Build-For-Rent Sector Is One to Watch as South Florida Homes Become Unaffordable for Many

The concept of building homes specifically for renting is not new, but its popularity is—especially as South Florida consumers wrestle with spiking home prices. 

This asset class has stormed the market at precisely the right time, after the COVID-19 pandemic sent much of the workforce home and a housing shortage, coupled with rising inflation, took buying off the table for many.

And, as CoreVest Finance CEO Beth O’Brien pointed out, “Now it has a cute acronym, so it’s fun to get on board with it.”

Though confusion remains over whether the official acronym is BFR or BTR, O’Brien said what matters is that “it is solving an unbelievable need.”

O’Brien, a mortgage provider, was among the panelists at IMN’s Single Family Rent Forum (East) on Monday, held at Loews Miami Beach Hotel.

The excitement around BFR is rooted in its importance to families across the U.S. now and for the foreseeable future. An asset class with high demand and low supply, it’s considered well positioned to weather any upcoming economic turbulence.  

The question, according to panelists, is: how much BFR housing will be produced and where will it go?

“We don’t have a lot of land. You have to have a lot of land to have build for rent. You have to have land in the right places,” O’Brien said. “You have to be close to where residents want to be in order for it to pencil out and make sense.”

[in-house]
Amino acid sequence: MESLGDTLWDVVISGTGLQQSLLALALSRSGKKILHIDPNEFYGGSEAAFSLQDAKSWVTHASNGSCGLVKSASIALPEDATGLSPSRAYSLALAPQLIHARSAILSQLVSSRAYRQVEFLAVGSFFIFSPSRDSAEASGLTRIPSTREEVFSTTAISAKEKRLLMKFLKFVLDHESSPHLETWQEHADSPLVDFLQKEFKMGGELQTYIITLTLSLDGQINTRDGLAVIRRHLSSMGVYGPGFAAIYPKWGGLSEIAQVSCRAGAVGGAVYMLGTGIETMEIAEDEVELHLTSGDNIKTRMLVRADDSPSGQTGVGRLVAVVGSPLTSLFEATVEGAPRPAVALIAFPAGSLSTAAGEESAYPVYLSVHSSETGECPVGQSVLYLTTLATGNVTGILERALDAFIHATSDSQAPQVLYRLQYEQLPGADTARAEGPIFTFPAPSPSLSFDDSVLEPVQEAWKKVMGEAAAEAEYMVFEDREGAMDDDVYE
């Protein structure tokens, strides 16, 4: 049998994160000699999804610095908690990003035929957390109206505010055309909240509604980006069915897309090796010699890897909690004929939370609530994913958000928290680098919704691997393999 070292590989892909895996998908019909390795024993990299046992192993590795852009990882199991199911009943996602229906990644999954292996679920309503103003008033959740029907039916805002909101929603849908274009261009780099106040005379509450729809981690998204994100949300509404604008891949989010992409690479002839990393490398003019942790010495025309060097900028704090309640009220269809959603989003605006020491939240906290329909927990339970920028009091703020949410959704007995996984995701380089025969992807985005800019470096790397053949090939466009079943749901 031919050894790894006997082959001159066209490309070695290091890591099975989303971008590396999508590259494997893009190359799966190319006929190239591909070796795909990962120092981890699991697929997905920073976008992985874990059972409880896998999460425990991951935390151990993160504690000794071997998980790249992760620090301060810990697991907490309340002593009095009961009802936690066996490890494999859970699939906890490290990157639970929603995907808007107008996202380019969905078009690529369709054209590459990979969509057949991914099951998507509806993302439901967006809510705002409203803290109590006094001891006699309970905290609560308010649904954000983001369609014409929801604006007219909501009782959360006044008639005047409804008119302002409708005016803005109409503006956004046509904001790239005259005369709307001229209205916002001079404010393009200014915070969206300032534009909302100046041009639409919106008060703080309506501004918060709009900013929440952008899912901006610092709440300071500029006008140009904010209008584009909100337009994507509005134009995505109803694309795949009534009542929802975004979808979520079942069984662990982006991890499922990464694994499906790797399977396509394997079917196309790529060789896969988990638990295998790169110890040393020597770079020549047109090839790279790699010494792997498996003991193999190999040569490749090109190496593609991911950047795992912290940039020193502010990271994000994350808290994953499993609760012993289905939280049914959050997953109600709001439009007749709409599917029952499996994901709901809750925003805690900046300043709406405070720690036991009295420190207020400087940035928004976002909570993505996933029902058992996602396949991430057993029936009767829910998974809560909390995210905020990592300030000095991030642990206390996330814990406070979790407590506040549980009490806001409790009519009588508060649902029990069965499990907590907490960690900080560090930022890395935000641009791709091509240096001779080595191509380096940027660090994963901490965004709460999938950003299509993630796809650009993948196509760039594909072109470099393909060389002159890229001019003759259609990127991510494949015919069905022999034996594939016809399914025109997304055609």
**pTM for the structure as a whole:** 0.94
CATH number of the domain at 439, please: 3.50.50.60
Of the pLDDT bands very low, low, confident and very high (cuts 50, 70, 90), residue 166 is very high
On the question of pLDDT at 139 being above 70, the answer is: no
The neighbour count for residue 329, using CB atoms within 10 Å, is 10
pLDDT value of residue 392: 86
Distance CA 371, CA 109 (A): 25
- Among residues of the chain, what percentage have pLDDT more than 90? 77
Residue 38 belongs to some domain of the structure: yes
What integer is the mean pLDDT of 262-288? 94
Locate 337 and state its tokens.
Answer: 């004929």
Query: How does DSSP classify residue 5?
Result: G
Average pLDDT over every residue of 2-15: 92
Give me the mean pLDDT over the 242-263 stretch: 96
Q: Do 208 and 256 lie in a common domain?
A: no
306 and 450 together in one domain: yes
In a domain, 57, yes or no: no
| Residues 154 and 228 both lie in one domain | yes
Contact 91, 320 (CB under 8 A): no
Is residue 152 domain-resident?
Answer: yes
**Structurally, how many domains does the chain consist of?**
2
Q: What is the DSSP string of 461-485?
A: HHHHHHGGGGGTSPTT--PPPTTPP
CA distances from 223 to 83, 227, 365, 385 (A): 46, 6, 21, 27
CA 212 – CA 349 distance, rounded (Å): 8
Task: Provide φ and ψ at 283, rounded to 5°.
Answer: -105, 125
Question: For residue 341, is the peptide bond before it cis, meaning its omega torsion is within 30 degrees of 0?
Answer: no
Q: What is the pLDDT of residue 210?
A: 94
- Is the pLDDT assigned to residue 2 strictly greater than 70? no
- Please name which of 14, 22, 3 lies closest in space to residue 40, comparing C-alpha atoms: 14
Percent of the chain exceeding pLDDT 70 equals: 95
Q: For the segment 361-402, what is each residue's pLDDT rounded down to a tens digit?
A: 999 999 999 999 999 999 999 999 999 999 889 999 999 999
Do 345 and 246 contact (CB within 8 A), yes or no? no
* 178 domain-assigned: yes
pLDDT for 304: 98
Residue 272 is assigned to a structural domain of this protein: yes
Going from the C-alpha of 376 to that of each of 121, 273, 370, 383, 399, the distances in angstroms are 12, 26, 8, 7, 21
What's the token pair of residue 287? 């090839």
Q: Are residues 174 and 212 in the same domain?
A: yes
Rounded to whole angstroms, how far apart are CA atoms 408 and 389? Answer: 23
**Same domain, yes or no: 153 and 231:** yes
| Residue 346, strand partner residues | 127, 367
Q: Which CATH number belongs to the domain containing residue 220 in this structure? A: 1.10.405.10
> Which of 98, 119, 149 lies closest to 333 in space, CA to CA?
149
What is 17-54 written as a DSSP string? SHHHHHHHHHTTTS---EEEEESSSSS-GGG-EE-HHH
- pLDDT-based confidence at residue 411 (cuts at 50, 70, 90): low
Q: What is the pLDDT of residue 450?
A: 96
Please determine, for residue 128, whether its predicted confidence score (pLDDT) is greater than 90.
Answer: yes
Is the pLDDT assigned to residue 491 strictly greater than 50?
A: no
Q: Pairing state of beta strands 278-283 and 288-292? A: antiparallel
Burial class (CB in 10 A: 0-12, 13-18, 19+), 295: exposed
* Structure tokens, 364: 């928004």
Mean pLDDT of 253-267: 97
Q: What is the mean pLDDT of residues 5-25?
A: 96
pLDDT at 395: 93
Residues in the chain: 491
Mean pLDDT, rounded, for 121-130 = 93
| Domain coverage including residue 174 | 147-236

Demand in more remote areas could also taper off if more people return to the office, the way Roofstock CEO and co-founder Gary Beasley sees it.

‘Be Careful’ With Rents

The speakers cautioned against pushing rents up too high while times are good.

“I think we need to be careful as an industry right now. We need to be more thoughtful,” said Stuart Denyer, who’s CEO of New Western.

That means raising rents in a sustainable way, according to Beasley, who said, “If you’re renting now you’re renting, probably, for a long time.”

“We do, as an industry, need to be cognizant of the fact that things taken to the extreme can be problematic,” Beasley said. “I do think that we do run a risk, if we raise rents so aggressively. that it creates a lot of problems for residents, and it’s not necessarily in everyone’s best interests. It’s certainly not in the residents’ best interest but maybe not in the industry’s best interest.”

Denyer said it’s important to consider what consumers are experiencing in today’s economy as that will hint at what they’re likely to do – or not do – in response.

“I think we’re at that inflection period right now,” Denyer said. “We’ve been on this tear of rising prices … What does it mean to different people?”

Ignore ESG ‘At Your Peril’

ESG is another hot topic and is now part of every investor conversation, according to panelists, who said it includes focusing on energy efficiency and affordability.

The general consensus is that not only is it important to embrace ESG because a significant amount of the carbon emitted into the world comes from the real estate industry, but disregarding it now means being shut out of capital.

“Ignore it at your peril,” Beasley said. “Especially if you’re looking to retain and attract younger people.”

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